Plack::Middleware::ComboLoader - Handle combination loading and processing of on-disk resources.


version 0.04


    use Plack::Builder;

    # Whatever your Plack app may be, though using this with
    # Plack::App::File works very well!
    my $app = [ 200, [ 'Content-Type' => 'plain/text' ], 'Hello' ];
    builder {
        enable "ComboLoader",
            # Defaults to this, goes out 10 years. 
            max_age => 315360000,
            roots => {
                'yui3'         => 'yui3/',
                'yui3-gallery' => 'yui3-gallery/',
                'our-gallery'  => 'our-gallery/',
                # Or, if you want to run each file through something:
                '/static/css' => {
                    path      => 'static/css',
                    processor => sub {
                        # $_ isa Path::Class::File object
                        # It is much, much better to minify as a build process
                        # and not on demand.
                        CSS::Minifier::minify( input => $_->slurp );
                        # This method returns a *string*
            # Optional parameter to save generated files to this path:
            # If the file is there and it's not too old, it gets served.
            # If it is too old (the expires below), it will be regenerated.
            save => 'static/combined',
            expires => 86400, # Keep files around for a day.


This is (another) combination loader for static resources. This is designed to operate with the YUI3 Loader Service.

You can specify multiple points, and if all files are of the same type it sets the mime-type and all proper caching headers for the browser.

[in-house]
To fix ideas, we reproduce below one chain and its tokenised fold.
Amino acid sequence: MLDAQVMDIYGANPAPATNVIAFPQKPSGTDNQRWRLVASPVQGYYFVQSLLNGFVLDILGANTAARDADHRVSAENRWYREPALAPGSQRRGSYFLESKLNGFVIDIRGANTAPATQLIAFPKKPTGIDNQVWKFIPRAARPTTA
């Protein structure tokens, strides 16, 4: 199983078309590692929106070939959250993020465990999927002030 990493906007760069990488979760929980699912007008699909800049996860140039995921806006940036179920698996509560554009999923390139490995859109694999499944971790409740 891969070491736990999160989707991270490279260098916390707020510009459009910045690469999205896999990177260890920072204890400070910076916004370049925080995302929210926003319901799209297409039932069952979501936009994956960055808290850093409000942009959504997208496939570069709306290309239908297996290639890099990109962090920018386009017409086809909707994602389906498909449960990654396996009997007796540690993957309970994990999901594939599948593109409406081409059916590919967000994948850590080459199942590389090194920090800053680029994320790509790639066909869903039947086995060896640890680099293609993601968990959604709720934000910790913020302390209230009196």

The incoming requests will look like:

The rootName specifies the path on disk, and each query arg is a file under the path.


I highly recommend doing minifying and building prior to any serving. This way files stay on disk, unmodified and perform better. If, however, you want to do any processing (like compiling templates into JavaScript, a la Handlebars) you can do that.

Use the processor option, you can munge your files however you wish.

The sub is passed in a Path::Class::File object, and should return a byte encoded string. Plack will require it to be byte encoded, and you will have incorrect results if you do not encode accordingly.

Whatever return value is appended to the output buffer and sent to the client.


There are the following configuration settings:


The only required parameter for anything to actually happen. This is a list of roots and the directories in which to look at files.

    roots => {
        'yui3' => '/var/www/builds/yui3',
        'yui2' => '/var/www/builds/yui2',

That configuration would create combo roots for yui3 and yui2, handling links as expected.


Specify an alternate max-age header and Expires, this defaults to 10 years out.


Should we save the resulting file to disk? Probably not, but sometimes a bad idea can be good. It's better to instead use a caching middleware or frontend.

If the item exists on disk, and is not too old (see expires option below), this will serve the file directly.

The intention is not for performance really, but for pregenerating files that may take a long time or external information (and a reasonable fallback).


Specify how long a file on disk is valid before regenerating. If you are pregenerating files, make sure this is set far enough in the future they never grow stale.


J. Shirley <>


This software is copyright (c) 2012 by Infinity Interactive, Inc.

This is free software; you can redistribute it and/or modify it under the same terms as the Perl 5 programming language system itself.